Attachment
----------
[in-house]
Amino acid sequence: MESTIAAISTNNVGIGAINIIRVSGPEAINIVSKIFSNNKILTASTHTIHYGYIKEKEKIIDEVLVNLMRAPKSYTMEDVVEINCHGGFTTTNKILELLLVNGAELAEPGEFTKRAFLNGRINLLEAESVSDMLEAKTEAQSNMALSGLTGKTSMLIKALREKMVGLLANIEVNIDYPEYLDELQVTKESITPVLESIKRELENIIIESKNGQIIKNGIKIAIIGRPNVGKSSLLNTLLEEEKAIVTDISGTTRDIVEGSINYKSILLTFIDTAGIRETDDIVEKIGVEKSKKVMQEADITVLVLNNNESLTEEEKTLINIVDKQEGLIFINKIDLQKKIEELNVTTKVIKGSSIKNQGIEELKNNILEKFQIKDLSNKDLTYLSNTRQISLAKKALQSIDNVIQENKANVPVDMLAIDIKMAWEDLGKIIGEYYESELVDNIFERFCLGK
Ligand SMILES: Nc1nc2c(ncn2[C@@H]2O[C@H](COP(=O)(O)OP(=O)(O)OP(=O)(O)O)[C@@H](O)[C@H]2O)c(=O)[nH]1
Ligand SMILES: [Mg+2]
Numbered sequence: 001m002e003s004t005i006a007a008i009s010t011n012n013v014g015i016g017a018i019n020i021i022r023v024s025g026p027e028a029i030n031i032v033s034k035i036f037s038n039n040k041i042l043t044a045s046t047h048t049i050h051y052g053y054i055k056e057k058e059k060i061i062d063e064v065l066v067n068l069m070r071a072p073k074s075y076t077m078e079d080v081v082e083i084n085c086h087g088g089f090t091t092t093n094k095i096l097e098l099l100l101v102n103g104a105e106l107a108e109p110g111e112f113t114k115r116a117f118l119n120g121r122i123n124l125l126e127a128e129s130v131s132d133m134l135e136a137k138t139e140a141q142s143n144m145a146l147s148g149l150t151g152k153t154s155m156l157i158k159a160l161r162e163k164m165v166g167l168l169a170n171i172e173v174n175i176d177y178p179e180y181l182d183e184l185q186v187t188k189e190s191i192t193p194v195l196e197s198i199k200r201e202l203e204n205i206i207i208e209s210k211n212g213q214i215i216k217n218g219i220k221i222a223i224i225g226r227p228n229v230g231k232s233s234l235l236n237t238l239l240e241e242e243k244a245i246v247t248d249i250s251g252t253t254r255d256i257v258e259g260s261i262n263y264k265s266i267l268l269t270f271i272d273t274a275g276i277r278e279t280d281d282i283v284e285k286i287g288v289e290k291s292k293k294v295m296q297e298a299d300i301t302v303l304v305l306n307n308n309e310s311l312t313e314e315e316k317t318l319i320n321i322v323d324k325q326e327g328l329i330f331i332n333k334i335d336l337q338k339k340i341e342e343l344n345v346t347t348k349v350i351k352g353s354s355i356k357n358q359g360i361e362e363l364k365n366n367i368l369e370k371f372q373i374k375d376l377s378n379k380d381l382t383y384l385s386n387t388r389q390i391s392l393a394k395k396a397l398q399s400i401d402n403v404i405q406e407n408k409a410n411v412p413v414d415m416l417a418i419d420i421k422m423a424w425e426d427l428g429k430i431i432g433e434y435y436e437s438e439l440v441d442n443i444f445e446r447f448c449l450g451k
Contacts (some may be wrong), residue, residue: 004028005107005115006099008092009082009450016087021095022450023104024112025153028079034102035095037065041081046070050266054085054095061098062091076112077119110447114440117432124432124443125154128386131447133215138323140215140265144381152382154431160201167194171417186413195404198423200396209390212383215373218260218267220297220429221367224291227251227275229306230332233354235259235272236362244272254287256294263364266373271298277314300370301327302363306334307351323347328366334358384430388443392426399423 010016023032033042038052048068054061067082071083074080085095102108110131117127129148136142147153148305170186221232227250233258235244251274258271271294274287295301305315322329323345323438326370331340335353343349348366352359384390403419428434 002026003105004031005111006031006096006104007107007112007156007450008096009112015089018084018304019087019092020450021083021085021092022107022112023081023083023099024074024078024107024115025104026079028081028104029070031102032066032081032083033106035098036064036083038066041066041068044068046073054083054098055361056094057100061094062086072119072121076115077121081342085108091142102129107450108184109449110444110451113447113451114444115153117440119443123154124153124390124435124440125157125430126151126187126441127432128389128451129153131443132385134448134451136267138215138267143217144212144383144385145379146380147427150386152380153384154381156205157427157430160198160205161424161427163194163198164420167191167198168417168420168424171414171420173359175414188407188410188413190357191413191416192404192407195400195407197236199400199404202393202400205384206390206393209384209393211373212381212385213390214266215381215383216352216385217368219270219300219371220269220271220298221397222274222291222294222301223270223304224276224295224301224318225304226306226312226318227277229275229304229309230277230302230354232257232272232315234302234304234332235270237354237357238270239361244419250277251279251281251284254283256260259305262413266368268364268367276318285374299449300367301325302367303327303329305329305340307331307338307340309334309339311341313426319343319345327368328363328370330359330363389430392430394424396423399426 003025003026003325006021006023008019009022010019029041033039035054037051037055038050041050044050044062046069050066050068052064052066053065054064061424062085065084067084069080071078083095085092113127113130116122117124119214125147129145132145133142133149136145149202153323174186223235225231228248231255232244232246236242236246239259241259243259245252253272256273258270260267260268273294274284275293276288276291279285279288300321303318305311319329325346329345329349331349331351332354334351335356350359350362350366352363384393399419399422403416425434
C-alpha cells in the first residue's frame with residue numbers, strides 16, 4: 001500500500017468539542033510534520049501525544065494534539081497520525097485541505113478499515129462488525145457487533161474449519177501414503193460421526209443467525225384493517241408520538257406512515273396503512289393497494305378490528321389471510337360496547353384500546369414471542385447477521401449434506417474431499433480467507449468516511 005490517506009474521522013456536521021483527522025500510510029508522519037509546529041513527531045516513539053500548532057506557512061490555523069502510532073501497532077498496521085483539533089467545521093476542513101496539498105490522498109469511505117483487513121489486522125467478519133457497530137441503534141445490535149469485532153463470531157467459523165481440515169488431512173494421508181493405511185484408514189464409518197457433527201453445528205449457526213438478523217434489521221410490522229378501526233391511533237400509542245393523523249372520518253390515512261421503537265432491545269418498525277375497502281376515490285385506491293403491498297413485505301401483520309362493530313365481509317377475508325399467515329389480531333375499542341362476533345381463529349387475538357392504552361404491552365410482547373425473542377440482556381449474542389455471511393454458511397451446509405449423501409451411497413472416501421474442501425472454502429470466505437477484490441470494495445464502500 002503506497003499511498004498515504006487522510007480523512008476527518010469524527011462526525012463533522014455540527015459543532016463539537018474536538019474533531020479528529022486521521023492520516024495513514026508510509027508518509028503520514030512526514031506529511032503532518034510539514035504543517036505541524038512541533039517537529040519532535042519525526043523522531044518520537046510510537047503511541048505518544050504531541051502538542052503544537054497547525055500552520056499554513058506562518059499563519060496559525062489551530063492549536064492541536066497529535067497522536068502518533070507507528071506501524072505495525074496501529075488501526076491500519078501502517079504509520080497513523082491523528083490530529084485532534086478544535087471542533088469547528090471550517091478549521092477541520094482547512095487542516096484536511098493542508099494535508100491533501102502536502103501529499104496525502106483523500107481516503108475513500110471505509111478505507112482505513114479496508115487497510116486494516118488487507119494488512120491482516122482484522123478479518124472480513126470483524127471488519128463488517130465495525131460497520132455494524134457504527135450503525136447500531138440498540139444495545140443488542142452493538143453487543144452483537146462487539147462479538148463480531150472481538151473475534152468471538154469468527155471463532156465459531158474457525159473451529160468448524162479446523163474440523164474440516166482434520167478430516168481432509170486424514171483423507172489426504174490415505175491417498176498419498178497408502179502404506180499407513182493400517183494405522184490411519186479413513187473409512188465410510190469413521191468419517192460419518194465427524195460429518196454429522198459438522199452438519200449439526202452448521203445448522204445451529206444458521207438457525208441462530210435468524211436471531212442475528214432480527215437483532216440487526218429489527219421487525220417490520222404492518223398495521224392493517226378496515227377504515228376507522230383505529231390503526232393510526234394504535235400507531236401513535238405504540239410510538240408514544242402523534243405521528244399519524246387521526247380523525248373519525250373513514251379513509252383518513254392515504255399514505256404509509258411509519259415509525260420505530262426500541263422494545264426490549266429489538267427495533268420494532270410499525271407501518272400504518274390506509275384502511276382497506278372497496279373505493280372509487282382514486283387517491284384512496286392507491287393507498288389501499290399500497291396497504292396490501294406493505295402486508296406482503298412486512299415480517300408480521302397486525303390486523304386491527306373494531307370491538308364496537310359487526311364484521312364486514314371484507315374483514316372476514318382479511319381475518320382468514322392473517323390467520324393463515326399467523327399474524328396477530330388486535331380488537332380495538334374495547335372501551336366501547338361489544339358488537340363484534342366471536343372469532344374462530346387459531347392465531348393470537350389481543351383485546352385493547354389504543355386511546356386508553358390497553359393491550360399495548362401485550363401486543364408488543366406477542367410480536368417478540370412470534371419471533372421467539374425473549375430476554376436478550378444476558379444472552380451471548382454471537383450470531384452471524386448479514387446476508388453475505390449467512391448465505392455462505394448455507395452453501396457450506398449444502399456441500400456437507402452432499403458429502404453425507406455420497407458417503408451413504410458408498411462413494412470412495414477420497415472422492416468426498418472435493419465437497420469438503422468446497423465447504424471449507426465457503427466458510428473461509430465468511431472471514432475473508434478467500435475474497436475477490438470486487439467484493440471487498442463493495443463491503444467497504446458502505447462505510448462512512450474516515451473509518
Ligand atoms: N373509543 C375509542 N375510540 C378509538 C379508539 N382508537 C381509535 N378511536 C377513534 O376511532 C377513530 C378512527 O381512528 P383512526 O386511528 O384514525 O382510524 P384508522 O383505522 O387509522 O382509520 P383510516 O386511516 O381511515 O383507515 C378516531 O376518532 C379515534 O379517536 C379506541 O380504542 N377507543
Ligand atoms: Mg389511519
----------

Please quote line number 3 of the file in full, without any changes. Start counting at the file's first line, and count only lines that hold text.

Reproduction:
Ligand SMILES: Nc1nc2c(ncn2[C@@H]2O[C@H](COP(=O)(O)OP(=O)(O)OP(=O)(O)O)[C@@H](O)[C@H]2O)c(=O)[nH]1